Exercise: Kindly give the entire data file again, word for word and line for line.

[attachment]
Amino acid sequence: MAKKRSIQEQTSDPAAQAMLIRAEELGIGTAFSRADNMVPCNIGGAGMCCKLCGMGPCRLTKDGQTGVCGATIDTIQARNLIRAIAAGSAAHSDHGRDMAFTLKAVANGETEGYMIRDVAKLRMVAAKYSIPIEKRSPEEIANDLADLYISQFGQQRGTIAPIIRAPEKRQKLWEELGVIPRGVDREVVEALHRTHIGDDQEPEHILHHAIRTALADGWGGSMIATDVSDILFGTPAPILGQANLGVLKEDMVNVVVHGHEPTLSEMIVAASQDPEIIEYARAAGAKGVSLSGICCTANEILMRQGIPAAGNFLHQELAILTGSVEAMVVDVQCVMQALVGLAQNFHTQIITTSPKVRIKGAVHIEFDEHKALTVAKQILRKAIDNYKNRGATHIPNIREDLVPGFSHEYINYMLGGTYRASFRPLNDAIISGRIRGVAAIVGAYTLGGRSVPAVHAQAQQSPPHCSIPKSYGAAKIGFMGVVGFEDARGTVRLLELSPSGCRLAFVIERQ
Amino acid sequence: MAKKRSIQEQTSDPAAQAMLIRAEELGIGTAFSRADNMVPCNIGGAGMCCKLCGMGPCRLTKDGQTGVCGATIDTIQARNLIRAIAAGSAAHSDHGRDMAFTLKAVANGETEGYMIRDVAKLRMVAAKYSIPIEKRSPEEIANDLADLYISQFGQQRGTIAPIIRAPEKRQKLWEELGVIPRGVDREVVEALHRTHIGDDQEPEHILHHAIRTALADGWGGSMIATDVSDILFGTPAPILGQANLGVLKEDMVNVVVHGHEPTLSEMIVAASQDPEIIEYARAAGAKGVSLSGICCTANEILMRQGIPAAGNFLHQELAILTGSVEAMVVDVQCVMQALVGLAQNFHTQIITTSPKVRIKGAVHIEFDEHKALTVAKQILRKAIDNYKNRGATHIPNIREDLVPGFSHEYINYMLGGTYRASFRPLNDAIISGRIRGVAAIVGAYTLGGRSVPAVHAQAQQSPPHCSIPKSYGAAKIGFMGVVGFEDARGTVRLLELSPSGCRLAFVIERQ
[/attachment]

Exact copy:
Amino acid sequence: MAKKRSIQEQTSDPAAQAMLIRAEELGIGTAFSRADNMVPCNIGGAGMCCKLCGMGPCRLTKDGQTGVCGATIDTIQARNLIRAIAAGSAAHSDHGRDMAFTLKAVANGETEGYMIRDVAKLRMVAAKYSIPIEKRSPEEIANDLADLYISQFGQQRGTIAPIIRAPEKRQKLWEELGVIPRGVDREVVEALHRTHIGDDQEPEHILHHAIRTALADGWGGSMIATDVSDILFGTPAPILGQANLGVLKEDMVNVVVHGHEPTLSEMIVAASQDPEIIEYARAAGAKGVSLSGICCTANEILMRQGIPAAGNFLHQELAILTGSVEAMVVDVQCVMQALVGLAQNFHTQIITTSPKVRIKGAVHIEFDEHKALTVAKQILRKAIDNYKNRGATHIPNIREDLVPGFSHEYINYMLGGTYRASFRPLNDAIISGRIRGVAAIVGAYTLGGRSVPAVHAQAQQSPPHCSIPKSYGAAKIGFMGVVGFEDARGTVRLLELSPSGCRLAFVIERQ
Amino acid sequence: MAKKRSIQEQTSDPAAQAMLIRAEELGIGTAFSRADNMVPCNIGGAGMCCKLCGMGPCRLTKDGQTGVCGATIDTIQARNLIRAIAAGSAAHSDHGRDMAFTLKAVANGETEGYMIRDVAKLRMVAAKYSIPIEKRSPEEIANDLADLYISQFGQQRGTIAPIIRAPEKRQKLWEELGVIPRGVDREVVEALHRTHIGDDQEPEHILHHAIRTALADGWGGSMIATDVSDILFGTPAPILGQANLGVLKEDMVNVVVHGHEPTLSEMIVAASQDPEIIEYARAAGAKGVSLSGICCTANEILMRQGIPAAGNFLHQELAILTGSVEAMVVDVQCVMQALVGLAQNFHTQIITTSPKVRIKGAVHIEFDEHKALTVAKQILRKAIDNYKNRGATHIPNIREDLVPGFSHEYINYMLGGTYRASFRPLNDAIISGRIRGVAAIVGAYTLGGRSVPAVHAQAQQSPPHCSIPKSYGAAKIGFMGVVGFEDARGTVRLLELSPSGCRLAFVIERQ